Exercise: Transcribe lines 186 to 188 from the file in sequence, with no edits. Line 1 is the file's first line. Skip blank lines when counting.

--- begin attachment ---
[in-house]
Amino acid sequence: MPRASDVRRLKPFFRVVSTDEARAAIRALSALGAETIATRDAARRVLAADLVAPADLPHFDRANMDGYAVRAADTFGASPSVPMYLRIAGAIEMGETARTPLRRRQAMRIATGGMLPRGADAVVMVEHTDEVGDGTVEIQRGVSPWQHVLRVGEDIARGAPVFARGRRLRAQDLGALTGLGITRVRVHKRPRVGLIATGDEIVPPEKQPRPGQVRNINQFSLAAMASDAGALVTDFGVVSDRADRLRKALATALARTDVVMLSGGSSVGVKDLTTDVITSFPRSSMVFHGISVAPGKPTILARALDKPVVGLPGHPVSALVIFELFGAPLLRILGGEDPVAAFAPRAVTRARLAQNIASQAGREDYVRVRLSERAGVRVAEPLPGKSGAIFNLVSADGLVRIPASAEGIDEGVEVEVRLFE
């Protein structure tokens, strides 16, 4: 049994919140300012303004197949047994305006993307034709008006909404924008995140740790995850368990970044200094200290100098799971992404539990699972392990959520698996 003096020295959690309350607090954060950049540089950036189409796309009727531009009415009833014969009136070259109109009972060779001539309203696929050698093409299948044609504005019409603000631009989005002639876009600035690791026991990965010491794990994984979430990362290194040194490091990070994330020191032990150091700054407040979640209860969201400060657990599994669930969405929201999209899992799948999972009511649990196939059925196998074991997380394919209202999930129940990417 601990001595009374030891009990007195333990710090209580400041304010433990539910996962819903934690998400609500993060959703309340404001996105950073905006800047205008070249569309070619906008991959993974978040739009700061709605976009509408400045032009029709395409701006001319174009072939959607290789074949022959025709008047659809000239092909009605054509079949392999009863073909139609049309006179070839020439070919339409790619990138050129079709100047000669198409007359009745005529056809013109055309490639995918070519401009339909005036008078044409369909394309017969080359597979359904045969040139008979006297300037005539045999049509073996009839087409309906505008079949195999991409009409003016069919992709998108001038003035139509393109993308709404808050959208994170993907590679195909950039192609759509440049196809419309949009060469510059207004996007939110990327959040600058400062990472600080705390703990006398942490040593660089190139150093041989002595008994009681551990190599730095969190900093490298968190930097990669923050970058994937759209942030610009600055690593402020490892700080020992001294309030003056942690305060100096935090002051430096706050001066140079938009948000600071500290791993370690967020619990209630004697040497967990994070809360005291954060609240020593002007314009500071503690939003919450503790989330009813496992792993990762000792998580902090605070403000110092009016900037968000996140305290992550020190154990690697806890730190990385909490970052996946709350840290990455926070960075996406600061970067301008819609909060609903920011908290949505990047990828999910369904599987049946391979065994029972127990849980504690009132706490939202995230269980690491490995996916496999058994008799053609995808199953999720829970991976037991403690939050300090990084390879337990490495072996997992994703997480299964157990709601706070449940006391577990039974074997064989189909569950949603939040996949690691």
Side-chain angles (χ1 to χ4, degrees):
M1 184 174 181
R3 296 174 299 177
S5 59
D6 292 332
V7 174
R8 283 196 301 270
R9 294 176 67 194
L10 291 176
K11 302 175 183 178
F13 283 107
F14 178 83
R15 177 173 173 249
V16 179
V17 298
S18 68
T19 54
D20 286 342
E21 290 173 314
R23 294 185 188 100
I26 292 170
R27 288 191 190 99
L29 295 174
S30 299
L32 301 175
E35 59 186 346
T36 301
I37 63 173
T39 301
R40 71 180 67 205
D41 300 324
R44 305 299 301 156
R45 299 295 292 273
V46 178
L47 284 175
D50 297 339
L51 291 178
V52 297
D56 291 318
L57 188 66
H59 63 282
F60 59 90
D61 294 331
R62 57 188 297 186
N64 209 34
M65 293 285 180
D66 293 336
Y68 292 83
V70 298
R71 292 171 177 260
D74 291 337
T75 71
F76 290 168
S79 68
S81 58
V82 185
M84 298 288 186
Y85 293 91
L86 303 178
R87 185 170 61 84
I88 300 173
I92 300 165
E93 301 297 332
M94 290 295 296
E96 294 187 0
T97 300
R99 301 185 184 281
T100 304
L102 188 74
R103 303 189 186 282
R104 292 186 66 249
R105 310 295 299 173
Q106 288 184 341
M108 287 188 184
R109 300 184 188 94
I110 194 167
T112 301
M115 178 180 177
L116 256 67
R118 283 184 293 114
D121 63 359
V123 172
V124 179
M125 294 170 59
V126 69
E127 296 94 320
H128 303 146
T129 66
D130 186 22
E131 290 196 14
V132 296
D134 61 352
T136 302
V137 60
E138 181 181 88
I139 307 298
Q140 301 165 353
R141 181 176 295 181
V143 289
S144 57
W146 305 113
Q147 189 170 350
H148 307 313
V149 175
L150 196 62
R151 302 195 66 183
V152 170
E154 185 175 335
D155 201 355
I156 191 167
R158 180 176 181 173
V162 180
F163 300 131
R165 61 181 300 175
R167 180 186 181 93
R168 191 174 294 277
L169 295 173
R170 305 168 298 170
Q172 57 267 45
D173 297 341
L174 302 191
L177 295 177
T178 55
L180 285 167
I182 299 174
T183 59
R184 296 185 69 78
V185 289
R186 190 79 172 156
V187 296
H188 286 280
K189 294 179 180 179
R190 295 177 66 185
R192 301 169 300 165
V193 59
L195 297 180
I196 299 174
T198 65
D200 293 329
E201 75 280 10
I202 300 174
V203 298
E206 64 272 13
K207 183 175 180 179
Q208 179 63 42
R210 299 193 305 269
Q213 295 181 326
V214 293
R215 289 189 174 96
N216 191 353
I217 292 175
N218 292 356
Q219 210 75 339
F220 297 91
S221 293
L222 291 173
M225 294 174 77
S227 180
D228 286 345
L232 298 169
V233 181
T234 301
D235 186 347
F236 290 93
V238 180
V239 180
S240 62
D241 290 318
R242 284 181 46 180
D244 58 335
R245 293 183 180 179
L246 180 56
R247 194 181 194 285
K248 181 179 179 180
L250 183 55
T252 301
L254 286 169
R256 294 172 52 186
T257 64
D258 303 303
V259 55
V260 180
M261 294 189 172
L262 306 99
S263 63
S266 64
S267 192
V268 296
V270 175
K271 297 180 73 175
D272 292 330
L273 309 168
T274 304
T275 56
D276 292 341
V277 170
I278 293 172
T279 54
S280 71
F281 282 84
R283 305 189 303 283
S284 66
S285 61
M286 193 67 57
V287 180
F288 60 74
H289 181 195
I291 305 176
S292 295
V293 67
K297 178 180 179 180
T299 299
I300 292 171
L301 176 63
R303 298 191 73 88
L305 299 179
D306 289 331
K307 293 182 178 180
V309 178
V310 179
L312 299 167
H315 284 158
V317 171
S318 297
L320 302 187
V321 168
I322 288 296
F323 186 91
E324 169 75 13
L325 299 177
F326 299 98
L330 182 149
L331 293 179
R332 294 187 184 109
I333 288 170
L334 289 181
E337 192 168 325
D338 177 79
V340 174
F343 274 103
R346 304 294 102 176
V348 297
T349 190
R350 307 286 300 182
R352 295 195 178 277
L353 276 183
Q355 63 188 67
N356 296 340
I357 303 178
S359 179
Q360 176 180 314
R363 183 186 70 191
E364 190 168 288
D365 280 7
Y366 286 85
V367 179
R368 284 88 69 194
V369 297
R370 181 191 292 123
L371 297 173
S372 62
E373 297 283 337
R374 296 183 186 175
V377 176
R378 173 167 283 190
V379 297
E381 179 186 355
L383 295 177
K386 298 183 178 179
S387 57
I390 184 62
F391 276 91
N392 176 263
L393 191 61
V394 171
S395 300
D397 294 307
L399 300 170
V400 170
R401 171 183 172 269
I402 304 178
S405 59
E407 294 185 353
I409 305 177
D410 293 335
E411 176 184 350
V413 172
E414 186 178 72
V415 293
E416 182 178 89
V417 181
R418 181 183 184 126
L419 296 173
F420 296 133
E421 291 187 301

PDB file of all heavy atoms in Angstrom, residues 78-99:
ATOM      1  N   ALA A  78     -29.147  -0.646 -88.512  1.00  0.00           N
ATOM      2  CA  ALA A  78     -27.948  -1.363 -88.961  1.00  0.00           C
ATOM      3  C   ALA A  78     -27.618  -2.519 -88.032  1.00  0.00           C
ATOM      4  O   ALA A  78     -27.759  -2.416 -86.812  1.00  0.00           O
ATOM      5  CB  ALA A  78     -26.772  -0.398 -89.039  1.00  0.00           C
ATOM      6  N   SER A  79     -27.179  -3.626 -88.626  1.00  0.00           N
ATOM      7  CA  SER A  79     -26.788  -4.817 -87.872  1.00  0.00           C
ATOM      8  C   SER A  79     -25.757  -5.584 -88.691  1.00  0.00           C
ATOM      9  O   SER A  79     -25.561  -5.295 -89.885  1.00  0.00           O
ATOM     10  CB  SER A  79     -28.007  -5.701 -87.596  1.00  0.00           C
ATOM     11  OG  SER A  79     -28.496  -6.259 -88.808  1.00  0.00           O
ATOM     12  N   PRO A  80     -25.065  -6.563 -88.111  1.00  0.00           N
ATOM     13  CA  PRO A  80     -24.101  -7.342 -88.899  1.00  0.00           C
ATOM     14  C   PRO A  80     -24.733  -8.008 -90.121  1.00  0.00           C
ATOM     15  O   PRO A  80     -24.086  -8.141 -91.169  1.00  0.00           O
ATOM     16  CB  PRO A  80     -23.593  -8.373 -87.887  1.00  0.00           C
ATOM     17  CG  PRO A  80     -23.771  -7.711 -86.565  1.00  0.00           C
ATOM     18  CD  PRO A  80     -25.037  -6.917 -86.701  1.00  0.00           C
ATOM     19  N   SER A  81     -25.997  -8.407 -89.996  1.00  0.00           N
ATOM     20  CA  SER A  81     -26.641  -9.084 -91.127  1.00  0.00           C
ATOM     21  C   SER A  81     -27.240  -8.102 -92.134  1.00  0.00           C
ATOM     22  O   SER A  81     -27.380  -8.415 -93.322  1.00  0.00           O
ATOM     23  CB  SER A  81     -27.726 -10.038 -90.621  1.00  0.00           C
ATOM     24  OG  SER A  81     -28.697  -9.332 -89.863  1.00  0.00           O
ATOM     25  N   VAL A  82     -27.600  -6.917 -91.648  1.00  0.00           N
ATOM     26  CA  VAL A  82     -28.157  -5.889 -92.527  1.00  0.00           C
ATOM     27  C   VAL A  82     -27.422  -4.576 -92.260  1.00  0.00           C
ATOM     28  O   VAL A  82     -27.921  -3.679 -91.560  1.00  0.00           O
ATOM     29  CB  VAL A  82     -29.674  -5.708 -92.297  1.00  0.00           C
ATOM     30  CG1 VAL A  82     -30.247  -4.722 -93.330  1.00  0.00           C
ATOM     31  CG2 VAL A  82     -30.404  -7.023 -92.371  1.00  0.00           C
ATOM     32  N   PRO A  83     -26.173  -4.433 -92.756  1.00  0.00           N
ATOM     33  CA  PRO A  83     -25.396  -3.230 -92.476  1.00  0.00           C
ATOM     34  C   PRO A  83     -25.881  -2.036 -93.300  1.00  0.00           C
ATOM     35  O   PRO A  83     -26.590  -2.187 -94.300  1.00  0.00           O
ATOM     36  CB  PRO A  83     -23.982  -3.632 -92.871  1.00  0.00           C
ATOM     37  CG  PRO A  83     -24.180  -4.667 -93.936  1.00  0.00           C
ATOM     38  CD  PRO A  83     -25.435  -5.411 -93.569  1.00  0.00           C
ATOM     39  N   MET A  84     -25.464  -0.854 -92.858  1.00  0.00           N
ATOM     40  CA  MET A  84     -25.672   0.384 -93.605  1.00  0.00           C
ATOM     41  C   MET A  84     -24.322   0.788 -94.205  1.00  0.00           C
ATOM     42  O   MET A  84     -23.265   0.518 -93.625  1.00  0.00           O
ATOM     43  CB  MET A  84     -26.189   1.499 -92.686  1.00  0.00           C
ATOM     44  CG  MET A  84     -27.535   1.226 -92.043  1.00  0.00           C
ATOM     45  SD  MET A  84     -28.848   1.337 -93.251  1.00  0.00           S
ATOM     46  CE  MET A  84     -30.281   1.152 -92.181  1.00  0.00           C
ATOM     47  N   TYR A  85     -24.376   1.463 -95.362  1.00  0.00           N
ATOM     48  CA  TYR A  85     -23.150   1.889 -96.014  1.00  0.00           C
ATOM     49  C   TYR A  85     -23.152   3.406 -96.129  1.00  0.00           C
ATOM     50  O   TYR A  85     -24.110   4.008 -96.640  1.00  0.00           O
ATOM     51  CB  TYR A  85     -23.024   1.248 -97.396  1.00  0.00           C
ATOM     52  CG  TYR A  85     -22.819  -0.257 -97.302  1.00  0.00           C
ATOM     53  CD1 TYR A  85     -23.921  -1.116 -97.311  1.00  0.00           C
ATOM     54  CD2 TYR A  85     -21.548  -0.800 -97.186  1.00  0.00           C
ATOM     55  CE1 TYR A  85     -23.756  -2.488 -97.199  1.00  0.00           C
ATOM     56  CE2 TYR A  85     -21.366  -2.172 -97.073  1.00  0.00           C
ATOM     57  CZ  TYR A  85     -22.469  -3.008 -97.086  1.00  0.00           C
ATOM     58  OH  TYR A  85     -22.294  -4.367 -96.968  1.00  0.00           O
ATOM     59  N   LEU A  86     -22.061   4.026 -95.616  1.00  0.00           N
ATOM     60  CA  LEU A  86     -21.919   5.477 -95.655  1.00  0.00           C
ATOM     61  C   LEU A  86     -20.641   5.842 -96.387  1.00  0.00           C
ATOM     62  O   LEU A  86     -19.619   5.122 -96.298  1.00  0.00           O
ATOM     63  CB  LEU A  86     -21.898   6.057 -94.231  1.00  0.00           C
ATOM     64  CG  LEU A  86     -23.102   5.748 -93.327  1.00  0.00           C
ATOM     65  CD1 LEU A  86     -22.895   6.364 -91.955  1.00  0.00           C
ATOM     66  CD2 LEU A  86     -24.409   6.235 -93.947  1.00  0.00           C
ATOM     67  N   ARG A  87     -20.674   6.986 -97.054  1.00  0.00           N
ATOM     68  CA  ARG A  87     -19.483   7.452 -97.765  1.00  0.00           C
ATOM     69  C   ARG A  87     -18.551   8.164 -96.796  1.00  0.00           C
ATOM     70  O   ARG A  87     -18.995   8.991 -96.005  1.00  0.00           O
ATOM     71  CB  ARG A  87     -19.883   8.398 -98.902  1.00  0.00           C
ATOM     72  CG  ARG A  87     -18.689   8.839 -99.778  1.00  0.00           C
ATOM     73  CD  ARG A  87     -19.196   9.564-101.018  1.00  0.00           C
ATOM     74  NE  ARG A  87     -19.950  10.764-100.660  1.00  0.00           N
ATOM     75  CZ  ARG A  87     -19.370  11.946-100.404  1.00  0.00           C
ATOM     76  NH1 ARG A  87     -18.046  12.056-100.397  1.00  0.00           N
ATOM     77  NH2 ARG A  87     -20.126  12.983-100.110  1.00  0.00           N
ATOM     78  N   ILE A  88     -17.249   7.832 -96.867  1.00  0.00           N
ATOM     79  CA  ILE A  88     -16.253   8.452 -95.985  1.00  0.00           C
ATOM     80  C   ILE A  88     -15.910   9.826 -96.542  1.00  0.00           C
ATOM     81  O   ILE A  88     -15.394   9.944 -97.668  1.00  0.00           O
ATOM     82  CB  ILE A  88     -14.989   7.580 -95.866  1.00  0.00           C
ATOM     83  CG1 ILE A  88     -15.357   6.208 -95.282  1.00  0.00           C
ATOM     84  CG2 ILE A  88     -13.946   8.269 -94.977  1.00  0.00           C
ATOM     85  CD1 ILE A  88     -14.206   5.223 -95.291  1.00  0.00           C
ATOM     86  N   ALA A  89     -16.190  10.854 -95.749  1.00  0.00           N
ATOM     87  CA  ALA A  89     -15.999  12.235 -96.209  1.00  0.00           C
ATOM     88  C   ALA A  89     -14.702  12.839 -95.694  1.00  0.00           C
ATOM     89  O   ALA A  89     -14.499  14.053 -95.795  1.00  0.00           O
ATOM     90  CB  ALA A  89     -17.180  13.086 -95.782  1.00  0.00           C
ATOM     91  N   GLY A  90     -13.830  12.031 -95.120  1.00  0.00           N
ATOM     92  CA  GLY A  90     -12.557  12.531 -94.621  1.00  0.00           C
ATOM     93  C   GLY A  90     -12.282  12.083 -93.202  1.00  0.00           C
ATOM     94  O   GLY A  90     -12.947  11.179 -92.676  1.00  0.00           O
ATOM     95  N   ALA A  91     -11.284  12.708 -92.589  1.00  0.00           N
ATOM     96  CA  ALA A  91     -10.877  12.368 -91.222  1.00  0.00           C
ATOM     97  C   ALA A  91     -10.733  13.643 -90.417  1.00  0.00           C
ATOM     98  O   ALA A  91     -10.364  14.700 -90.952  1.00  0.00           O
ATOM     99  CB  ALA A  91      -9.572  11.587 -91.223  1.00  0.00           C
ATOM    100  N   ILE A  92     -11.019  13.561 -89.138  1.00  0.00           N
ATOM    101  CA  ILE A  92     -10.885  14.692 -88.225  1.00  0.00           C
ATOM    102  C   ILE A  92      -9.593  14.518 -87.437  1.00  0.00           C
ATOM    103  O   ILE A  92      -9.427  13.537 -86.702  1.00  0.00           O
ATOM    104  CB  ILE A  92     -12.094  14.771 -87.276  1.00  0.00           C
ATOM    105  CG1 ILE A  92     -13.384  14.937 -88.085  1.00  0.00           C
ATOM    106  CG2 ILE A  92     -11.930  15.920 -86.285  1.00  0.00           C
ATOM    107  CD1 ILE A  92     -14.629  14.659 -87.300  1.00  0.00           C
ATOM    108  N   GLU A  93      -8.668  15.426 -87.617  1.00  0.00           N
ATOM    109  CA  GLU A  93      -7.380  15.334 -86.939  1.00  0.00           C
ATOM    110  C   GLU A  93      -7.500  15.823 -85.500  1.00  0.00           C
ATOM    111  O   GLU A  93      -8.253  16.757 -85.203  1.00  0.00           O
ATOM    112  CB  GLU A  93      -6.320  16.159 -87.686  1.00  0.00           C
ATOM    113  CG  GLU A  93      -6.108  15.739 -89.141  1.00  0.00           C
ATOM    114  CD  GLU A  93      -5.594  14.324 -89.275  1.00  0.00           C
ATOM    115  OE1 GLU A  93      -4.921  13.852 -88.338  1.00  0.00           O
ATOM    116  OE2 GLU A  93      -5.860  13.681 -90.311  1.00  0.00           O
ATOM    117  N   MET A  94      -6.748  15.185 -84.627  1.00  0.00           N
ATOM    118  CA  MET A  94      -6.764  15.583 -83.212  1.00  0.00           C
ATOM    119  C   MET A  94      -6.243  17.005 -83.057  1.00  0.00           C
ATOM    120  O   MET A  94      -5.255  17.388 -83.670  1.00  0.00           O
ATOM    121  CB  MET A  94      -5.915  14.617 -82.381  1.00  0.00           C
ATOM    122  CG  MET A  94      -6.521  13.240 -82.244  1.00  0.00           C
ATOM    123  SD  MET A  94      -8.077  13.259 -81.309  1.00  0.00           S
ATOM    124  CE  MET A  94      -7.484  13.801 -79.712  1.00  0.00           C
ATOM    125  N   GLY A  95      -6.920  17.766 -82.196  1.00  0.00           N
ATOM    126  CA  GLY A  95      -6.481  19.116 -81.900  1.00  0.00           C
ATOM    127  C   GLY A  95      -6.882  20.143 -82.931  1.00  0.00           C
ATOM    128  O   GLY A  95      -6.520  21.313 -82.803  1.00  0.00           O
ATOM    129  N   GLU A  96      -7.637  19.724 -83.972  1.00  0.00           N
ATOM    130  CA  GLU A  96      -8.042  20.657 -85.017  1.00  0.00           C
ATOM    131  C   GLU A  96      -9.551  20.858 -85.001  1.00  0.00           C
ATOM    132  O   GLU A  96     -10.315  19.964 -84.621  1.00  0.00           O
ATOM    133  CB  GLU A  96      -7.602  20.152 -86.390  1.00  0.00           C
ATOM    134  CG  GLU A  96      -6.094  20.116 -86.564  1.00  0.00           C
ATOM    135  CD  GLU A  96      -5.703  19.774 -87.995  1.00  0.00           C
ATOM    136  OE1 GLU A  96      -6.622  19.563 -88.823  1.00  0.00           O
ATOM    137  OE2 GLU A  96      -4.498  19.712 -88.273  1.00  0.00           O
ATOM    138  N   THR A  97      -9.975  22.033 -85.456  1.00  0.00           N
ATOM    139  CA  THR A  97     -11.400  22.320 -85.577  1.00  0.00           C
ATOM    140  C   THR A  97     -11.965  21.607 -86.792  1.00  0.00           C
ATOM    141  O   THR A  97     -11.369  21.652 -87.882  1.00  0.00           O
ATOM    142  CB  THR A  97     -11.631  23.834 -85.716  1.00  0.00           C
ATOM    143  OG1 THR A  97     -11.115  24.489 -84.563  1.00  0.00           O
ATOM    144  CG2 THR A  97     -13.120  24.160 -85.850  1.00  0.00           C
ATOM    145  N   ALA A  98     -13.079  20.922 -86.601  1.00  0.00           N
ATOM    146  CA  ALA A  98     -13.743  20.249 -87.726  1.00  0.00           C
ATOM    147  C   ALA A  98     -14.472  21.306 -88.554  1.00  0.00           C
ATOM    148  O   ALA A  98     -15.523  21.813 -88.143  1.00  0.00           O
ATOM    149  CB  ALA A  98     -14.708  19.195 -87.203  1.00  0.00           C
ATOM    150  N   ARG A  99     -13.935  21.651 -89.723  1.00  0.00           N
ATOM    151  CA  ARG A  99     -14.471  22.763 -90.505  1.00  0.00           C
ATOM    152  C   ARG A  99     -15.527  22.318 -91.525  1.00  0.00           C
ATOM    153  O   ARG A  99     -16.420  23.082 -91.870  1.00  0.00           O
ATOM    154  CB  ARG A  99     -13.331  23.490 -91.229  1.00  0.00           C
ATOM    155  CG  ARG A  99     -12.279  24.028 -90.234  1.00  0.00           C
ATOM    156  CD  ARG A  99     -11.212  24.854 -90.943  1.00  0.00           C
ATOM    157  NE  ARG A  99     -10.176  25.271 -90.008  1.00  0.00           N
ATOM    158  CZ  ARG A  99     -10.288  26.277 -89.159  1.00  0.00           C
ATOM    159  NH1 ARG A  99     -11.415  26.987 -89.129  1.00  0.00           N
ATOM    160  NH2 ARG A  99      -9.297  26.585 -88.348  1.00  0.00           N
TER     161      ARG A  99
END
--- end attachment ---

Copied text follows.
M261 294 189 172
L262 306 99
S263 63